Third Quarter 2019

In This Issue

Medicaid, Nursing Home Costs and the Rumor Mill


Quickly Determine What Services are Covered by Medicare by Downloading this Free App


Should You Obtain a Letter of Competency?

Medicaid, Nursing Home Costs and the Rumor Mill

Over 60% of all Americans who reside in nursing homes receive assistance from Medicaid to pay for their care. This is not surprising, given the extraordinarily high cost of long-term care. The real surprise is that half of all Americans don't seek Medicaid assistance to cover nursing home costs. There are several reasons for this, but one of the most common can be summed up in a single word: hearsay. Or, if you prefer, the rumor mill.

Here are just a few examples of the myths surrounding the use of Medicaid to pay for nursing home care:

  • The healthy spouse will be kicked out of the family home
  • The government will take all of your assets
  • You'll have to live in an old, dilapidated facility
  • You'll receive inadequate care, or no care at all

Rumors like these often come from well-meaning family members, friends, and neighbors.


While none of them are true, many people believe that they are.


Rumors also spread by people we assume to be knowledgeable about the subject--nursing home intake staff, caregivers, doctors, nurses, and social workers.


They might tell you, for instance, that you are too wealthy to receive assistance from Medicaid.

Or that once you have moved to a nursing home you can no longer obtain Medicaid assistance to pay for your care. Again, these folks may mean well, but their information is often outdated or simply inaccurate. The fact is, Medicaid planning is complicated and the rules governing eligibility for various programs change constantly.

Even lawyers who do not focus on this area of the law may be a source of inaccurate information.


Don't let rumors and misinformation prevent you from getting the financial assistance you need. Speak with one or our attorneys who help families obtain Medicaid assistance to pay for nursing home care on a daily basis.

Quickly Determine What Services are Covered by Medicare by Downloading this Free App

Does Medicare cover a test or procedure recommended by your doctor? You'll know at a glance if you use Medicare's new "What's Covered" app.


This free app lets you search for specific services or browse a list of alphabetized services to determine what is covered by Medicare Parts A and B. You can also access basic information about costs.


While the app provides an extensive list of the services, tests, and procedures covered (or not covered) by Medicare, it does not take into account a user's specific co-insurance, supplemental insurance, or deductibles.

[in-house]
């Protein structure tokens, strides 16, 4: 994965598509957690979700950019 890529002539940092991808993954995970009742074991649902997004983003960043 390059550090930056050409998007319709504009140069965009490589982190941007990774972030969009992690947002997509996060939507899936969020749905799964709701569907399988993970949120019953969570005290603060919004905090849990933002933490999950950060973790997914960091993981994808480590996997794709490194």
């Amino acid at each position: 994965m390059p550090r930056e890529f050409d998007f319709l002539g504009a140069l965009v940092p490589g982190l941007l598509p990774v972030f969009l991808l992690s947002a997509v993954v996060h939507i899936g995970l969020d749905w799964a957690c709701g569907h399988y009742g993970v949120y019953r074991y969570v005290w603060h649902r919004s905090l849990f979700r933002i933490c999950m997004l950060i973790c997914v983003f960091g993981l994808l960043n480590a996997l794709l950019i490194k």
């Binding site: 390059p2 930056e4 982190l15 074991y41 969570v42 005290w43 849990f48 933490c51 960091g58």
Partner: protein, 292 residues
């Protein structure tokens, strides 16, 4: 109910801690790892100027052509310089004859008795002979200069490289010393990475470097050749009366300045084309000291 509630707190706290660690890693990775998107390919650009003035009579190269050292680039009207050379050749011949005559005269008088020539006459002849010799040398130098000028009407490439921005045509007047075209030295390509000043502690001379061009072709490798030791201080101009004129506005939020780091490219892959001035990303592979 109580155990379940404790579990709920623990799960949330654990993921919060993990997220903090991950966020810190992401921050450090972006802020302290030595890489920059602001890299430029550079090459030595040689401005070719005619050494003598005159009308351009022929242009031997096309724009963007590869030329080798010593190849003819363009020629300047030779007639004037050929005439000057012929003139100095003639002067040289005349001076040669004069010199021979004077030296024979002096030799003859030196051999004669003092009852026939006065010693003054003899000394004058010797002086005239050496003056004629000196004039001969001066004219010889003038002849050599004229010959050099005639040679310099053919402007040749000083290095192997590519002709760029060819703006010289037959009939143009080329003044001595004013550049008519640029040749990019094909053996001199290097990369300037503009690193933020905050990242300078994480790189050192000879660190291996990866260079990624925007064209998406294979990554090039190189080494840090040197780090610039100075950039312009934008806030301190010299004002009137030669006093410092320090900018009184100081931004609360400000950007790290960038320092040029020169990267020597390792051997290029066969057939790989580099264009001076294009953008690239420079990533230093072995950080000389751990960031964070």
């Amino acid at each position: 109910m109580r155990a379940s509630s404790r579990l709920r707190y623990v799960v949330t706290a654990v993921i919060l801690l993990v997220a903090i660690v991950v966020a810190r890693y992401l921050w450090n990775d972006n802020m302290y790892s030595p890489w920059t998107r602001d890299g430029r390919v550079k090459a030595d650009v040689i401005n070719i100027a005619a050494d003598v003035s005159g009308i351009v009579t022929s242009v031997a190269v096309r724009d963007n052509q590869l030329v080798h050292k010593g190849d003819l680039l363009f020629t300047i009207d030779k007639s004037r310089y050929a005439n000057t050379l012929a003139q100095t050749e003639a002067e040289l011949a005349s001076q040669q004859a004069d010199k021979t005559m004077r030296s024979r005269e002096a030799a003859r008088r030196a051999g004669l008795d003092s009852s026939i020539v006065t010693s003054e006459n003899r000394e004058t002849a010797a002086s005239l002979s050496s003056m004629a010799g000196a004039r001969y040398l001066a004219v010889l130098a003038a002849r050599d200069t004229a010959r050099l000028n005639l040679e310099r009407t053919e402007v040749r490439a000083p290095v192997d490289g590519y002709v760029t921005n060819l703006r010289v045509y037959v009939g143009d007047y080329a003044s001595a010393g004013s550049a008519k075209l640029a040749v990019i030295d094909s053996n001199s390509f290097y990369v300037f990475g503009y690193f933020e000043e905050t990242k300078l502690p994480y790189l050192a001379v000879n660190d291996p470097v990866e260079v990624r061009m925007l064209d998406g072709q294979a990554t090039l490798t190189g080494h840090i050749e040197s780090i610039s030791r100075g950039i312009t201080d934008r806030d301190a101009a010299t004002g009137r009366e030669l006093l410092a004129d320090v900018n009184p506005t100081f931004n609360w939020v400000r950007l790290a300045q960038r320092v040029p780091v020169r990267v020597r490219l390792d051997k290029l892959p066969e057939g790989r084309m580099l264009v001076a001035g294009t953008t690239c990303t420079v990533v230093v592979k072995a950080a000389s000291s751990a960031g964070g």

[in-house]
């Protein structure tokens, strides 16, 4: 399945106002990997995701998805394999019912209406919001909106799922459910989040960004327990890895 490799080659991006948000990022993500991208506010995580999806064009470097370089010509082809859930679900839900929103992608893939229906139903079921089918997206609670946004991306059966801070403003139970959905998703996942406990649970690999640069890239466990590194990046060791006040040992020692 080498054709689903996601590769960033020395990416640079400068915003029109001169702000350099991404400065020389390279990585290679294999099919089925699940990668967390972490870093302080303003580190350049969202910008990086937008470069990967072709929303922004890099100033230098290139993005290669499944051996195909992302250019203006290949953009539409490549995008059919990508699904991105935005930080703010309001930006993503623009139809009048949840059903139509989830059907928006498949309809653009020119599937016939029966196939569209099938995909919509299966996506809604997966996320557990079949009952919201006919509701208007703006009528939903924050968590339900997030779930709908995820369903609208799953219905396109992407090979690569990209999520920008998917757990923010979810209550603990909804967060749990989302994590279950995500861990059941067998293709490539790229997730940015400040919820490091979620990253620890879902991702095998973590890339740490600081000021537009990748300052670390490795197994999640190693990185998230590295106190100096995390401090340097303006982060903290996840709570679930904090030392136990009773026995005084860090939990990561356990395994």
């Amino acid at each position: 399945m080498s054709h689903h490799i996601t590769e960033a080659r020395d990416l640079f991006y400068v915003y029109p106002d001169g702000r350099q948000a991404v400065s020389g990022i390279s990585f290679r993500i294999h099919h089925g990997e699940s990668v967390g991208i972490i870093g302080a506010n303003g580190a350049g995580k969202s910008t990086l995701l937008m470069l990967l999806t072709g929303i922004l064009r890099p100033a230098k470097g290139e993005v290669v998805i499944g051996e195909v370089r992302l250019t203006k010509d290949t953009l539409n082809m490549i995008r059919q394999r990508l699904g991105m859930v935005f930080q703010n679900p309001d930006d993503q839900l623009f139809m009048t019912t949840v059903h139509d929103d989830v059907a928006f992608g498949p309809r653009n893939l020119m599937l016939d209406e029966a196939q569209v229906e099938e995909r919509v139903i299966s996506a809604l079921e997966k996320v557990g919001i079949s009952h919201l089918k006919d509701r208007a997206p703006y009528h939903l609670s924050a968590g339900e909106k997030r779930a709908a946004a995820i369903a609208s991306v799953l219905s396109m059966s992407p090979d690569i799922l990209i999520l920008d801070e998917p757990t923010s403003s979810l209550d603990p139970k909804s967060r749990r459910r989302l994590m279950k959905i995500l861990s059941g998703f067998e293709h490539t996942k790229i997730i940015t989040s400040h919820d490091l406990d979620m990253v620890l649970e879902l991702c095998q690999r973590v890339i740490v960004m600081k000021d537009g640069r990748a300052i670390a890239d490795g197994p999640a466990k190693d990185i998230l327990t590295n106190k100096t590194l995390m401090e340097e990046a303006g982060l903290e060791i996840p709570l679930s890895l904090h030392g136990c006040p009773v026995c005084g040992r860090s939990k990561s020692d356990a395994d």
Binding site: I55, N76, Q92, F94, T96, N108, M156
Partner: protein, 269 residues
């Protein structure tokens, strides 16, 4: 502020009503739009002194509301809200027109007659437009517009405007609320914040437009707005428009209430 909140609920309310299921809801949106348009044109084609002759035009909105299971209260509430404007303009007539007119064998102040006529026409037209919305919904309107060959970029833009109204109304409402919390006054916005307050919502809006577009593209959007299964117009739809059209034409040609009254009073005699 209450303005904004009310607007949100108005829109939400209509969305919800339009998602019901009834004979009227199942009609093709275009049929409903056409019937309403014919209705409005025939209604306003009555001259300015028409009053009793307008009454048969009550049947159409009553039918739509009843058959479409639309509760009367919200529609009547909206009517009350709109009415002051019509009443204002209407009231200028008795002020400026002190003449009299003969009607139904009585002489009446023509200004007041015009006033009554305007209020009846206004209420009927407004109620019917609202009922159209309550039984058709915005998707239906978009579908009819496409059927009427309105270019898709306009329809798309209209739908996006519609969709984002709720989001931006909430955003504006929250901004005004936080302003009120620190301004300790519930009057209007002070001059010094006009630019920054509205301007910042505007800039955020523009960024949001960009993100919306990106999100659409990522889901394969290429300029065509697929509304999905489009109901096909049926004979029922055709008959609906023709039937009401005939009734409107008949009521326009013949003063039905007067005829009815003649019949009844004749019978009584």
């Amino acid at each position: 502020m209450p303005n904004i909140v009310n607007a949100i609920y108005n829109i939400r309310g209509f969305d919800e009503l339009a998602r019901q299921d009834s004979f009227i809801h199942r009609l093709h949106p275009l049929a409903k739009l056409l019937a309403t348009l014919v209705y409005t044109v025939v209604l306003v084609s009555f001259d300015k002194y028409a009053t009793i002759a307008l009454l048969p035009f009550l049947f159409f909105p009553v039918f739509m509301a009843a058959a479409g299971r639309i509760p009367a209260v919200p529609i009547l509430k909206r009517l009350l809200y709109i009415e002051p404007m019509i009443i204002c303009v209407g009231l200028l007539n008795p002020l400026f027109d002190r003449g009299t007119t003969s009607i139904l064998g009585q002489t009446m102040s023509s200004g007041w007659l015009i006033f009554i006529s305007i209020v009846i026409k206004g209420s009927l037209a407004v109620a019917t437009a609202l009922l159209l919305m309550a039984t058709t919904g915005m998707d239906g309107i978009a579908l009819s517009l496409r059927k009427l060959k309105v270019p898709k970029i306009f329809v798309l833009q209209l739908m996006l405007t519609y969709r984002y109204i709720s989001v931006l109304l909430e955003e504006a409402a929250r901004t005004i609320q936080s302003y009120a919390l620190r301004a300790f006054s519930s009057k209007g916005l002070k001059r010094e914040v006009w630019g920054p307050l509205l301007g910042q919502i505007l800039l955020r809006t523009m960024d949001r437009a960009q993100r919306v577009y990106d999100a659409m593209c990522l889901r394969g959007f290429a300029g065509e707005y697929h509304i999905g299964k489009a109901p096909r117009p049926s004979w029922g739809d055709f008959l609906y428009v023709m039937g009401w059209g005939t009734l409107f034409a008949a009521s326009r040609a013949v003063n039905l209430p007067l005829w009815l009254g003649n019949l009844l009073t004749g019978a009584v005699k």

The What's Covered app is part of an initiative by the Centers for Medicare and Medicaid Services (CMS) to modernize Medicare and empower beneficiaries. Other CMS initiatives include price transparency tools, improved online support, and a webchat option on the Medicare Plan Finder.

You can get the What's Covered app from the App Store or Google Play by visiting https://www.medicare.gov/blog/whats-covered-mobile-app

Should You Obtain a Letter of Competency?

Maybe it's the son-in-law you've never really liked, let alone trusted, who wields undue influence over your daughter. Or the ex-spouse who continues to make trouble seven years after your divorce. Or the son whose irresponsibility and self-destructive behavior forced you to disinherit him.


If you have reason to believe that an estranged family member might challenge your will, trust, powers of attorney or other planning documents, you may want to consider obtaining a letter of competency. Why? Many such challenges are based upon claims of incompetency--that is, the legal documents are invalid because their creator was of unsound mind. A letter of competency will help dispel notions that your documents were created while you lacked the mental capacity to make sound financial and legal decisions.


A letter of competency is typically written by a primary care physician who is familiar with any changes in a patient's baseline mental and physical health. In some cases, obtaining this letter from a doctor who specializes in cognition or mental health, such as a neurologist or psychiatrist, might be a good idea.


A letter of competency should be printed on the doctor's letterhead and include the following basic information:


  • The patient's name and date of birth
  • The date on which the doctor-patient relationship was first established
  • The doctor's statement affirming the patient's ability to make independent decisions regarding finances, legal matters, and healthcare
  • Relevant medical diagnoses
  • Each relevant medical issue's date of diagnosis
  • The doctor's contact information

While the above information is typically included in a basic statement of mental capacity, it is a good idea to work with an attorney to determine if other facts or additional supporting evidence should also be included.


You'll want to store the letter of competency, along with your will, powers of attorney, trust, and other legal documents, in a safe place. It is wise to have your doctor keep a copy in your medical file as well. Of course, your attorney should also have all of your documents, including the letter of competency, readily available.


It may seem "crazy" to obtain proof of your mental capacity when creating or updating legal documents. However, it's better to be safe than sorry. The time and energy required to see a physician and get him or her to draft a letter of competency is minimal compared to the legal fees, stress, and family turmoil involved in lawsuits over the validity of legal documents.